“International Migration” Working Group

News

New EADI programme: Develop your talents!

Read more: New EADI programme: Develop your talents!
02 Oct 2017

The EADI Mentoring Programme “Develop Your Talents” provides young scholars with the chance to exchange with someone further advanced in their career. The mentoring does not offer professional coaching to the mentees, but accompaniment on a younger sister/elder sister level. As some of our mentors are also active in the Working Groups, opportunities for further collaboration may arise.

Webinar: EADI Working Group on “Post-colonial Perspectives on and within Development Studies”.

Read more: Webinar: EADI Working Group on “Post-colonial Perspectives on and within Development Studies”.
02 Oct 2017

On 20 October 2017 at 1400 hrs Central European Time (GMT +2 hrs) the EADI Working group will organise a webinar with the following topics:.

1. Dr. Anindya Sekhar Purakayastha, Ph.D Topic: Did Postcolonial Studies fail to emancipate the consciousness of the colonized self? How can one explain the chasm between Postcolonial theory and practice?  2. Dr. Epifania Amoo-Adare Topic: (Un)thinking Science: Critical Literacies for 'Postnormal' Times Dr. Amoo-Adare is Associated Researcher at Center for Development Research (ZEF).

About this Working Group

International labour migration rises increasing public concern in many European countries, and it is high on the political agenda of the European Union. Yet, while the officially erected barriers against the inflow of people from abroad into the EU are increasing, the demand for foreign labour force in the potential host countries is strong, and many branches depend on cheap foreign workers in order to remain competitive in an economically globalized world. Under these circumstances, the pressure of transnational labour migration persists, depending on the international allocation of capital flows and being itself a source of international capital flows. Millions of households in poorer country depend on the remittances of family members working abroad for their livelihood, and for many poorer countries, remittances of their nationals working abroad constitute a major source o foreign exchange. Recently, this issue has also been brought in the foreground by the World Bank which is elaborating the potential of remittances as a source of development finance.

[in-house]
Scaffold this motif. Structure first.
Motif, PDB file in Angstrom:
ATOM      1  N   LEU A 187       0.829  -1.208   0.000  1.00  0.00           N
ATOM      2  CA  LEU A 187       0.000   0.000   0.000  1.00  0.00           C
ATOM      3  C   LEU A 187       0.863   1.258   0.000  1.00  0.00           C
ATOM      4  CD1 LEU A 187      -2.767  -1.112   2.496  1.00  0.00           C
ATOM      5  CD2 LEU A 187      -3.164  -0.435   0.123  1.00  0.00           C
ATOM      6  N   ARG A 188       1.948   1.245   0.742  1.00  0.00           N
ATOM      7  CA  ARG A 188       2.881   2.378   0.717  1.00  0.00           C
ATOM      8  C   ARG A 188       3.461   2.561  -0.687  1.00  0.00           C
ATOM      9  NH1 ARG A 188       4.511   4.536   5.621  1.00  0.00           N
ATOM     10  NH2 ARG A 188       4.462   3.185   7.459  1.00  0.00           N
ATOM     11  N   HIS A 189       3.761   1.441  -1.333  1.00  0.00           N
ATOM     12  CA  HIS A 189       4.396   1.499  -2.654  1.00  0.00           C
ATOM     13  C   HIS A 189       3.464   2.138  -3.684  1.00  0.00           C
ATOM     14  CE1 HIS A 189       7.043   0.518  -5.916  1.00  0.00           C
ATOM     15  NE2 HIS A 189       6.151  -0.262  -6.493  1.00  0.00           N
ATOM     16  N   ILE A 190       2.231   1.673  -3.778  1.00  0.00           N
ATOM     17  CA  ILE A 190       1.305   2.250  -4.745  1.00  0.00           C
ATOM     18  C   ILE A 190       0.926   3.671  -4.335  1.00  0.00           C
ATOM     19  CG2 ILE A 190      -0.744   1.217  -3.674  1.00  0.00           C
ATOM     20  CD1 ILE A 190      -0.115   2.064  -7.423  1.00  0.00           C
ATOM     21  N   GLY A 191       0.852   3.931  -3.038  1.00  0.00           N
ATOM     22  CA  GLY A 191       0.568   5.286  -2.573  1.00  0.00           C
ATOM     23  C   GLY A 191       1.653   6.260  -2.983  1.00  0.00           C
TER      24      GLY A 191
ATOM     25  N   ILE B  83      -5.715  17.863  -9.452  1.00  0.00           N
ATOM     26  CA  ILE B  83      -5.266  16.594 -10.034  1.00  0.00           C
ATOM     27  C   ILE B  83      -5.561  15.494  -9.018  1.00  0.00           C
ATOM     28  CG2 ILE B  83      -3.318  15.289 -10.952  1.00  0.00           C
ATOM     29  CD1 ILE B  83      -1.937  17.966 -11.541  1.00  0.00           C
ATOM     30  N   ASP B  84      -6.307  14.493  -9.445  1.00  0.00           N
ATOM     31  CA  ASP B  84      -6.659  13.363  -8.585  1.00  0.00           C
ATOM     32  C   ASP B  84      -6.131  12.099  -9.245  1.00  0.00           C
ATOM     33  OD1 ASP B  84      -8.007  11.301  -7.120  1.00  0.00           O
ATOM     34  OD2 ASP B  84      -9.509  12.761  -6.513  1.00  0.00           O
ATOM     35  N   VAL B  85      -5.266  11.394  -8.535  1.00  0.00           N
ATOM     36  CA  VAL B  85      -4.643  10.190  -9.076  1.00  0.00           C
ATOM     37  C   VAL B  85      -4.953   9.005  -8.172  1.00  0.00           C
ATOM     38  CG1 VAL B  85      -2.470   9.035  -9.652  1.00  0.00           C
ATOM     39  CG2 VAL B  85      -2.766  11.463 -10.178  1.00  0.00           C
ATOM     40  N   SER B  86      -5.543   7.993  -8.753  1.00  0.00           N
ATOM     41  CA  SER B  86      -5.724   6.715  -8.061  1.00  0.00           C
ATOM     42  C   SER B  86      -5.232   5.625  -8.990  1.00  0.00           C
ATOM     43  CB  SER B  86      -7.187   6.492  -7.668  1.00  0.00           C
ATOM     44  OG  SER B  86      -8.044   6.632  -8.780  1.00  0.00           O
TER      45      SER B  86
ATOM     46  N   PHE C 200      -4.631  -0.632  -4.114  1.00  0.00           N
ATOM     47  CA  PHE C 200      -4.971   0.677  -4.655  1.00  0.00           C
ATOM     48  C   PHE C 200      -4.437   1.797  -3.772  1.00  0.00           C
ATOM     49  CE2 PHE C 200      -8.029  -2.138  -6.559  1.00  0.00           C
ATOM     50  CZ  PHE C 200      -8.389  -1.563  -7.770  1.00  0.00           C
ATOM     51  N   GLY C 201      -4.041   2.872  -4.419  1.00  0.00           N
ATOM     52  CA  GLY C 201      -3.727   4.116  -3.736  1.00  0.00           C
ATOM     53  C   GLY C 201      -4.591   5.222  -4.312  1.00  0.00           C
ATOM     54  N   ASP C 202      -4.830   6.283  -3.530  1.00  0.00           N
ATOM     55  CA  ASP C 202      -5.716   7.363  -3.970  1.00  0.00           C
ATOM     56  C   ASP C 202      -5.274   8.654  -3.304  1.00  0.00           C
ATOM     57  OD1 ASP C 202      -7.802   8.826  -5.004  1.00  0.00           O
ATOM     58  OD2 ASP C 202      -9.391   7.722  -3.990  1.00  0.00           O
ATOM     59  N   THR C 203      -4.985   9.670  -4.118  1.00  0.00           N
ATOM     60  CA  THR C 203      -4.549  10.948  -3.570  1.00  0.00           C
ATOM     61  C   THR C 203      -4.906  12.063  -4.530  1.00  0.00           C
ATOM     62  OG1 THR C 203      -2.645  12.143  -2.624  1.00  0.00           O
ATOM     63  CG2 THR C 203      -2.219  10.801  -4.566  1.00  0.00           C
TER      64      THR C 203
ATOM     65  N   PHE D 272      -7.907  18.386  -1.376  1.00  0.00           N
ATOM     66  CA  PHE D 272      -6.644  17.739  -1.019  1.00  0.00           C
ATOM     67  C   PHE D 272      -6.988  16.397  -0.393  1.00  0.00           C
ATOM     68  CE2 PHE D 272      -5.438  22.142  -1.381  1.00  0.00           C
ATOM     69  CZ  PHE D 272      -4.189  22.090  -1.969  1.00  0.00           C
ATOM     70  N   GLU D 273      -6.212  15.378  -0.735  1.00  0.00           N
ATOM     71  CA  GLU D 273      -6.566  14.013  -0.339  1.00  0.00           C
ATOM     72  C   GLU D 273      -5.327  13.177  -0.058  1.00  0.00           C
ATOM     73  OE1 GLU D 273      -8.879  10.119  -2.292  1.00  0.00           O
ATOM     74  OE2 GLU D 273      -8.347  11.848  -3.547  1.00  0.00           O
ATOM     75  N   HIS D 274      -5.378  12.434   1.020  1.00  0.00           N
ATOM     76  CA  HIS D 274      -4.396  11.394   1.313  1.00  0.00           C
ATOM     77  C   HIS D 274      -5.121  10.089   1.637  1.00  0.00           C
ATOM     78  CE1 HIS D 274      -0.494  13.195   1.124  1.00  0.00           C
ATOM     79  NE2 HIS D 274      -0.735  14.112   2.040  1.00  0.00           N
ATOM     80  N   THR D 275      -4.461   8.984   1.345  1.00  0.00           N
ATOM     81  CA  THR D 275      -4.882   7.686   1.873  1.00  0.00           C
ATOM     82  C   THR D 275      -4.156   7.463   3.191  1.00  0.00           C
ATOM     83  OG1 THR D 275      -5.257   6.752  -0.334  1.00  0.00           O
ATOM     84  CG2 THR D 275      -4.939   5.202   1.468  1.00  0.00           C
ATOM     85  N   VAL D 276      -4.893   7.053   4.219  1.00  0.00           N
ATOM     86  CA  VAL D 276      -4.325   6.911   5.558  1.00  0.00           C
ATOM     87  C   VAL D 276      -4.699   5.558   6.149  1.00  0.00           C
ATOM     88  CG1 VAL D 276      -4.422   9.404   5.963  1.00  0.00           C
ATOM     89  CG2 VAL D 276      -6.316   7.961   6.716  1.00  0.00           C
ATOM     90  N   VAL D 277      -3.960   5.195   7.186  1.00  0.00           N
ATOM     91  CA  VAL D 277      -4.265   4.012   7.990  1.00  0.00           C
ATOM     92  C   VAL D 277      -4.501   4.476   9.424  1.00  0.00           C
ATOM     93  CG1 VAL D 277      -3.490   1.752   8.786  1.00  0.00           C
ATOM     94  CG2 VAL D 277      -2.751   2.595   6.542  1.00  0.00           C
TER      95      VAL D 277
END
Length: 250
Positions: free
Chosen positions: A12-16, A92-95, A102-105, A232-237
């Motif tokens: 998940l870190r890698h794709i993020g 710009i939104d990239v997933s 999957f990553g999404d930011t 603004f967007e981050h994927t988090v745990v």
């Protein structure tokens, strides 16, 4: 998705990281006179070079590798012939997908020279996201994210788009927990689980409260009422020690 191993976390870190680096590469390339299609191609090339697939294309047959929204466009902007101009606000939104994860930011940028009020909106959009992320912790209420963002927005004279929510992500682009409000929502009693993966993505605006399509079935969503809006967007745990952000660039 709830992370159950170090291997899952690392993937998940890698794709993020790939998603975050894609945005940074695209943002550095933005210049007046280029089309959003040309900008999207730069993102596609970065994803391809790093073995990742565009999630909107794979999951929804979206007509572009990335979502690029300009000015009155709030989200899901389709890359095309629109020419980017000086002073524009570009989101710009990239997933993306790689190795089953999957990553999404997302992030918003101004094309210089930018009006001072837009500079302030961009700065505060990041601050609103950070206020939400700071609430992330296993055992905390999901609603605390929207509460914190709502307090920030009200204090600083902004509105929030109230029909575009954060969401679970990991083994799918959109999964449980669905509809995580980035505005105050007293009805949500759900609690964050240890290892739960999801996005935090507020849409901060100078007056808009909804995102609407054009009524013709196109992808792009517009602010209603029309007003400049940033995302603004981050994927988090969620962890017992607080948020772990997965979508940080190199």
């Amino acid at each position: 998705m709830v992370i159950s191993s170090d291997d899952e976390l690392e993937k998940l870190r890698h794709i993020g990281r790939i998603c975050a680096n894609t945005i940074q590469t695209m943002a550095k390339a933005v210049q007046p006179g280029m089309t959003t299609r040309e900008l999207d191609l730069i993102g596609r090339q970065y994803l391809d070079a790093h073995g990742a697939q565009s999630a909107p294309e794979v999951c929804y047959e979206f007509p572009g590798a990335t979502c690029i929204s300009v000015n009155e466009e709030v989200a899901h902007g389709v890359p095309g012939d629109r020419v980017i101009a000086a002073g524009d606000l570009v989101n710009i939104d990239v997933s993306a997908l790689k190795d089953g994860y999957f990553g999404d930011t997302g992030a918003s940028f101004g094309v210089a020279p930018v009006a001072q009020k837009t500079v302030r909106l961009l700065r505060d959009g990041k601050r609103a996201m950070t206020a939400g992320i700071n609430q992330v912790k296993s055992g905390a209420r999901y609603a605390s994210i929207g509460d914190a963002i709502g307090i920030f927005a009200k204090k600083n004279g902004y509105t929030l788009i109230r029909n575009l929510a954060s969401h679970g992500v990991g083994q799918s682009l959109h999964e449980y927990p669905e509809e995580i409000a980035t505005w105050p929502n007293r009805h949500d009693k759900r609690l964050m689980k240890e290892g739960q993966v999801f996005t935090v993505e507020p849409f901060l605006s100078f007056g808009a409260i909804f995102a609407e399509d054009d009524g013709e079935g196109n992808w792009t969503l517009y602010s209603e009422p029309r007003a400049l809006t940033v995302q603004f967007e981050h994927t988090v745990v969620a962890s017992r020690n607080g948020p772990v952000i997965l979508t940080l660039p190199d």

This Working Group intendeds to study these issues in the setting of conflicting interests and policy contradictions, with an emphasis on the implications which international migration bears on the sending countries (via loss of labour force and inflow of remittances), considering in particular:

  1. the impact of foreign labour input on production and competitiveness of certain branches
  2. the impact of the migrants remittances on the development of their home regions
  3. the possible impact of the migrants spending behaviour on the regional development of the host regions
  4. the role of the farm sector as a transit camp for those looking for work in other sectors of the economy
  5. a comparison between European and American migration and remittance flows and their respective implications.

It is intended to link the Working Group to an already existing international research group.

The list of topics to be treated could be extended to further sub-titles.

The final aim of the Working Group is a joint research project for which funding should be raised (e.g. an application to the EU). The milestones should be a number of seminars and workshops, as well as joint publications.

Convenor

Beatrice Knerr
Dept. of Development Economics, Migration and Agricultural Policy
University of Kassel
Steinstrasse 19
37213 Witzenhausen
Germany
Tel.: (49) 5542-98 13 90
Fax: (49) 5542-98 12 50
knerr@wiz.uni-kassel.de

Latest Publications on Migration